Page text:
# Thinking Mathematically Statistics

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```Thinking
Mathematically
Sampling, Frequency Distributions,
and Graphs
Statistics
Statistics is the science of data. This involves
collecting, classifying, summarizing,
organizing, analyzing, and interpreting
numerical information.
Types of Statistics
• Descriptive Statistics utilizes
numerical and graphical
methods to look for patterns
in a data set, to summarize
the information revealed in a
data set, and to present that
information in a convenient
form.
• Inferential Statistics utilizes
sample data to make
estimates, decisions,
predictions, or other
generalizations about a
larger set of data.
1
Random Samples
A random sample is a sample obtained in such a
way that every element in the population has an
equal chance of being selected for the sample.
If we want to select a random sample from a large
city to determine how the city’s citizens feel about
casino gambling we might randomly select
neighborhoods of the city and then randomly
survey people within the selected neighborhoods.
If we only select specific neighborhoods or the
first 200 people we find in the telephone directory,
then not everyone has an equal chance of being
selected.
Describing Qualitative Data
• A class is one of the categories into which
qualitative data can be classified.
• The class frequency is the number of observations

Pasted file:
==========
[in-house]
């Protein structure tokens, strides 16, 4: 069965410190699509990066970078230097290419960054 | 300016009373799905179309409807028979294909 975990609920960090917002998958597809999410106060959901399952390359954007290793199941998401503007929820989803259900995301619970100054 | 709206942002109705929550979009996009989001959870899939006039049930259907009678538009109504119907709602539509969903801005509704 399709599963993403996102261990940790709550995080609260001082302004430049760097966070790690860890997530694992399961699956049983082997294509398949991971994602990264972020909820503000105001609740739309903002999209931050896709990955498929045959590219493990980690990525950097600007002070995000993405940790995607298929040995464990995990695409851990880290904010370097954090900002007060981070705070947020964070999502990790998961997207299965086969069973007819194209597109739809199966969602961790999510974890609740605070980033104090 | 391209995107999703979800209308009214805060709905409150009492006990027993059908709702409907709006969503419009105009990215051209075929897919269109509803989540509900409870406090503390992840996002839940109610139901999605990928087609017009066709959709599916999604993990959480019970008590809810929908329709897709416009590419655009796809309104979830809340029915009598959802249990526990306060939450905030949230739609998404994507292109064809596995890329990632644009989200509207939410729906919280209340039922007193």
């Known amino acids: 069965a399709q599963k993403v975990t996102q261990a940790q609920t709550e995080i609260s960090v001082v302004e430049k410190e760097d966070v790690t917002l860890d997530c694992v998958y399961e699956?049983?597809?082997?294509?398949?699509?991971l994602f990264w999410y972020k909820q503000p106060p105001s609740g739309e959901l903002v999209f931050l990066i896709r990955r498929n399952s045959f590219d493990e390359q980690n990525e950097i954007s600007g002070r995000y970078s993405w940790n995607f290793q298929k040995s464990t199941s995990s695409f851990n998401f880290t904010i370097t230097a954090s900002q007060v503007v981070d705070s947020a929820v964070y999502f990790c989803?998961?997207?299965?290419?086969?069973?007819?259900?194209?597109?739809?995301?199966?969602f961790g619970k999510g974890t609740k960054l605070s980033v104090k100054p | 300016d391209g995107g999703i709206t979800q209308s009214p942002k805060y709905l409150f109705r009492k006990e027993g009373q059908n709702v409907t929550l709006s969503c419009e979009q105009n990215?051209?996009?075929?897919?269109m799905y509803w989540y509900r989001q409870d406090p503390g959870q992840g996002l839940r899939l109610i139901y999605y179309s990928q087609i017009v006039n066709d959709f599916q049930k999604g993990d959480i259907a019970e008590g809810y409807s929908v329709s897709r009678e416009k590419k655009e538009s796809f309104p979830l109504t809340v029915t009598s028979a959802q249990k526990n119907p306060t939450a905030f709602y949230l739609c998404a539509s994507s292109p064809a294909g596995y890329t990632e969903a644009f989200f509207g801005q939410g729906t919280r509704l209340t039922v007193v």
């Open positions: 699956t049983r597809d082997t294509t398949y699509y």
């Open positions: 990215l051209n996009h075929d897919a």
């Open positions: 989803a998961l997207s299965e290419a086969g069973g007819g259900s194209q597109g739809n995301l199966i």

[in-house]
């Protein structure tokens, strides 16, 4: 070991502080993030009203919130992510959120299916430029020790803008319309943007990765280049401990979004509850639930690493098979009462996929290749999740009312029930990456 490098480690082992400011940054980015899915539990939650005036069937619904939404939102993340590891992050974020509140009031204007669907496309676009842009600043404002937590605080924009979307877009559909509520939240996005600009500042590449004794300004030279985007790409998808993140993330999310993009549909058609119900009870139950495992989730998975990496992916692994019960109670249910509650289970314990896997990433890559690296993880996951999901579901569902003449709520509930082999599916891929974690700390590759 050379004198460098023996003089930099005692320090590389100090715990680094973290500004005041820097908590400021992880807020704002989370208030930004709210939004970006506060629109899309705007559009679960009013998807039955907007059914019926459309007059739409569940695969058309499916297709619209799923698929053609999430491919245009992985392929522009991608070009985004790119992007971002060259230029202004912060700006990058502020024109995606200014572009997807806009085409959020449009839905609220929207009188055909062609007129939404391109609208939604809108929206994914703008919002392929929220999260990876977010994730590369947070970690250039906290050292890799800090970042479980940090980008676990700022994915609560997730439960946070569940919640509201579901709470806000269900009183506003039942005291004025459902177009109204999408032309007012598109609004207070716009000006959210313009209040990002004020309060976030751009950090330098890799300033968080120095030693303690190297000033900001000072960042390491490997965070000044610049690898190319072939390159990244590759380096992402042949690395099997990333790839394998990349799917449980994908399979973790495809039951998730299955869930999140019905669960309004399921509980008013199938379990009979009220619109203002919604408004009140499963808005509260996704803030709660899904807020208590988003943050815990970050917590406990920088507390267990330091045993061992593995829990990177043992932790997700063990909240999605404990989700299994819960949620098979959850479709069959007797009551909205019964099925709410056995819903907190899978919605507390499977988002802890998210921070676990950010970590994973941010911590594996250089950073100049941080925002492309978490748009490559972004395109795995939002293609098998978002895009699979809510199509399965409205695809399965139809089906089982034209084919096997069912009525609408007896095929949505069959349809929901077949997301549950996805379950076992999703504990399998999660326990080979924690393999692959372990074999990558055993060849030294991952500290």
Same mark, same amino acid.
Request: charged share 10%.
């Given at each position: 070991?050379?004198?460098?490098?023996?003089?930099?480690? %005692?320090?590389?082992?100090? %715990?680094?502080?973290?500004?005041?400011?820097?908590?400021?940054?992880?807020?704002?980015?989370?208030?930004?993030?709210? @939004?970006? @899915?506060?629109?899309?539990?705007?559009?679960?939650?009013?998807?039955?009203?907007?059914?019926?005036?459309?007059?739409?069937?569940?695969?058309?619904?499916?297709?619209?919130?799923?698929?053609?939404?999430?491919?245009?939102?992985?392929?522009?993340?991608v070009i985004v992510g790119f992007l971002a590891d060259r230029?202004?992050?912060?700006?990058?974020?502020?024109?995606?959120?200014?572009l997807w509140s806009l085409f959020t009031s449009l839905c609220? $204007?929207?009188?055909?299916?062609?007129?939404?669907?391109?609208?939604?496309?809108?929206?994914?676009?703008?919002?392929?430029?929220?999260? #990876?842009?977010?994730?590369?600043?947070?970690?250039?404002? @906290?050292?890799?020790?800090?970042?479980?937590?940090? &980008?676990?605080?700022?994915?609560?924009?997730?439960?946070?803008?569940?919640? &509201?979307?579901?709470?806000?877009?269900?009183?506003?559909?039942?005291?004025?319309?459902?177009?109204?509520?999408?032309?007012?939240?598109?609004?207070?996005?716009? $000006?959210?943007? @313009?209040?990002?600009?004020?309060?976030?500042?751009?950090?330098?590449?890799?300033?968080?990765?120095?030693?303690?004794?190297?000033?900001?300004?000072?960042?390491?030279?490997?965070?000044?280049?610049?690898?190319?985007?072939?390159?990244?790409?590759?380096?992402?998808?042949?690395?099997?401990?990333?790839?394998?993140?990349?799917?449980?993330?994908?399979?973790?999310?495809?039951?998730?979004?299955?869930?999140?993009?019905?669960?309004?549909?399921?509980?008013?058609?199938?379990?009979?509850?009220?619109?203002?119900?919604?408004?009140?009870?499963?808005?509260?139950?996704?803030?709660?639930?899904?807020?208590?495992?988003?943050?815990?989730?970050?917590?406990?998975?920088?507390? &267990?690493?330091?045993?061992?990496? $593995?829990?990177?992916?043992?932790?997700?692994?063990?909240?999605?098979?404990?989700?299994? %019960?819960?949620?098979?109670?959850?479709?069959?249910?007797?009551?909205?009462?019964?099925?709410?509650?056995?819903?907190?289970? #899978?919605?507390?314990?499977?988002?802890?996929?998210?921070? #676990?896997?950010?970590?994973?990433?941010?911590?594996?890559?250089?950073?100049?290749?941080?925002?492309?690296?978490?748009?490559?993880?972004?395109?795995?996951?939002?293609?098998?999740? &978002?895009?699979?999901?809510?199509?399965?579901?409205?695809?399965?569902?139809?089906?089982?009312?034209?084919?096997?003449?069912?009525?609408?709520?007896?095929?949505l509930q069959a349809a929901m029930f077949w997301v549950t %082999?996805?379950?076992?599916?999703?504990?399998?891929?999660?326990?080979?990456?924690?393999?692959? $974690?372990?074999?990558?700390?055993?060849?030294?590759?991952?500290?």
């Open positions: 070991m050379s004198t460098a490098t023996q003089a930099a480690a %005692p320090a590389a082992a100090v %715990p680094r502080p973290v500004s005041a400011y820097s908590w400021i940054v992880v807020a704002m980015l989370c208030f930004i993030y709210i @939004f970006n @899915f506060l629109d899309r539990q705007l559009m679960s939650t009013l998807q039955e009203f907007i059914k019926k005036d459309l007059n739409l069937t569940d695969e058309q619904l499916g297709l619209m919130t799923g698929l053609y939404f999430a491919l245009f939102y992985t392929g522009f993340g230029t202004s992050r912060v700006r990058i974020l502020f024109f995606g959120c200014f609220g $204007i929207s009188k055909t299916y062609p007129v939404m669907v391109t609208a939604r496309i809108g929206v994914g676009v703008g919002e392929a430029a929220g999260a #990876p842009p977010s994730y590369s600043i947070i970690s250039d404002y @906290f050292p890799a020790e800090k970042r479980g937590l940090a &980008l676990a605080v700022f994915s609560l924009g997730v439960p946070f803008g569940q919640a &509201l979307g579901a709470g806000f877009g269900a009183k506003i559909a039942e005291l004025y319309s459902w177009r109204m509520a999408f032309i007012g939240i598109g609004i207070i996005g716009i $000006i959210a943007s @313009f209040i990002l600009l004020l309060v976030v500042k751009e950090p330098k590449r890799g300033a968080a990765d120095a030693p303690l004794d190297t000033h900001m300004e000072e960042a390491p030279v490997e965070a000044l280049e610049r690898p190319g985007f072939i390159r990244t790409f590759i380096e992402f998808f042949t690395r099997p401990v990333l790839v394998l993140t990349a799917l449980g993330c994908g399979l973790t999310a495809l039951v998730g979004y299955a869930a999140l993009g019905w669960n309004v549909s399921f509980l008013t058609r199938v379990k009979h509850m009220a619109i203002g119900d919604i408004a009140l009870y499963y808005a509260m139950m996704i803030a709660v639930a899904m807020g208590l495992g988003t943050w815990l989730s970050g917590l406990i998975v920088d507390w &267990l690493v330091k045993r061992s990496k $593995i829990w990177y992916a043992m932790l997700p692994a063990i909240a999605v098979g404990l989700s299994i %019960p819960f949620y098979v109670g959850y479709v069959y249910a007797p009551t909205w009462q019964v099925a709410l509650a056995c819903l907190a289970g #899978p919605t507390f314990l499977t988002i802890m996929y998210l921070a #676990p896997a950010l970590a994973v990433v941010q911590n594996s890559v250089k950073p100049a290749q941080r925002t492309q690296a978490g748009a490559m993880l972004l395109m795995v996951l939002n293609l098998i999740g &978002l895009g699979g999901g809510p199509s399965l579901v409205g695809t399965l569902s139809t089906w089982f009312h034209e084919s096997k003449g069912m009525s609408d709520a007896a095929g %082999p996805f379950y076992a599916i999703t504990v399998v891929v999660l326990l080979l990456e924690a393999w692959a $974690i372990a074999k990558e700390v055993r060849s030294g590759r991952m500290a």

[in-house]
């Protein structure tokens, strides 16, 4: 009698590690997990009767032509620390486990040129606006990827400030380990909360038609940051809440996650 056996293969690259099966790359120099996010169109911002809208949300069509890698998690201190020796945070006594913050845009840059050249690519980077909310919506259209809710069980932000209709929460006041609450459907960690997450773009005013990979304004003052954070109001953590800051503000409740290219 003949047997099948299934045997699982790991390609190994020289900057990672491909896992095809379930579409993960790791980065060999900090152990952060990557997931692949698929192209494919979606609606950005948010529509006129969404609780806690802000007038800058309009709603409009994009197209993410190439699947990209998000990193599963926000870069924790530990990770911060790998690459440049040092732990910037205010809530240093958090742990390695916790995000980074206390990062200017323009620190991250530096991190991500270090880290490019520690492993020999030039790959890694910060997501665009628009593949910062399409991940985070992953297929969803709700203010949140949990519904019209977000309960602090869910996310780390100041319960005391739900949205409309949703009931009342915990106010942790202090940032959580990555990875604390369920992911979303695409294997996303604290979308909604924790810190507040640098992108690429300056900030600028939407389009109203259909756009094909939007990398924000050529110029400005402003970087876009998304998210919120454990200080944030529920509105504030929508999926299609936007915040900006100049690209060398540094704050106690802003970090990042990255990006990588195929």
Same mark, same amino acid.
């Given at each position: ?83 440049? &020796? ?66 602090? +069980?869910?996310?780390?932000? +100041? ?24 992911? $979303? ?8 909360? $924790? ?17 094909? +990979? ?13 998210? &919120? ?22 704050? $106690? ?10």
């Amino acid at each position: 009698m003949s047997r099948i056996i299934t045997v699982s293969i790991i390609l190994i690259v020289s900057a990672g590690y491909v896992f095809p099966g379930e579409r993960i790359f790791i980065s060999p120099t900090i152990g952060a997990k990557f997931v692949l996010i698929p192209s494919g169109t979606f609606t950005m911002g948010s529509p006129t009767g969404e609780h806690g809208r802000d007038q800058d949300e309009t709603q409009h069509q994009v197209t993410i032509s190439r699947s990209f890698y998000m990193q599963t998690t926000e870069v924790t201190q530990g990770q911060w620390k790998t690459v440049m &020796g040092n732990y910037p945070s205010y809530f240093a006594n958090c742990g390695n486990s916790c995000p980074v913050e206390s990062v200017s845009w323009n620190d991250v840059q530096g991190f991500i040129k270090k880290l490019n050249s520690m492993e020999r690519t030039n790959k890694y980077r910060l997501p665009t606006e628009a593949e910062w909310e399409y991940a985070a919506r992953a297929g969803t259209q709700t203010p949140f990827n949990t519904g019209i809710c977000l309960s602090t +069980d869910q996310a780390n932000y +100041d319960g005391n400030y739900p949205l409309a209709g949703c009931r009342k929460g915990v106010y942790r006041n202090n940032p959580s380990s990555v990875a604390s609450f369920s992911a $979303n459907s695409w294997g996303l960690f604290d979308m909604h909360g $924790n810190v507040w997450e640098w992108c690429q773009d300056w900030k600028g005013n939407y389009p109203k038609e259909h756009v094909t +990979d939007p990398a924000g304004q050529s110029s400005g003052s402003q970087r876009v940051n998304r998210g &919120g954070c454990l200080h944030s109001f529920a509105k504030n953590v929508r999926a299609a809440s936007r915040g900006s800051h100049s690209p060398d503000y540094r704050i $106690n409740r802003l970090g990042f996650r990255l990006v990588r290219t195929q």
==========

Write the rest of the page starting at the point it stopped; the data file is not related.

in the data set falling in a particular class.
Histogram
A histogram is like a bar graph in that the
vertical axis gives the proportion (or
relative frequency) for each interval of data
while the horizontal axis is divided into
specified intervals of equal width known as
measurement classes. However, in a
histogram, each column shares a side or
touches while in a bar graph each column is
separated.
2
Frequency Polygon
A line graph called a frequency polygon can
also be used to visually convey information.
The axes are labeled just like those in a
histogram. Once a histogram has been
constructed, put a dot at the top of each
rectangle at its midpoint. Connect each of
these midpoints with a straight line.
Finally, draw each endpoint down to touch
the horizontal axis.
3
Stem-and-Leaf Display
Two columns are created, one for the stem and one
for the leaf. The place value for the stem is
determined for the left column and the following
place value in each piece of data will be written
next to the appropriate stem in the leaf column.
As an example, if the data value is 32, the 3 may
be designated as the stem in which case the 2
would be the leaf. If the data point is 5.8, the ones
place may be the stem and the tenths place the leaf
so that the 5 would be in the stem column with the
8 next to it in the leaf column.
Thinking
Mathematically
Sampling, Frequency Distributions,
and Graphs
4
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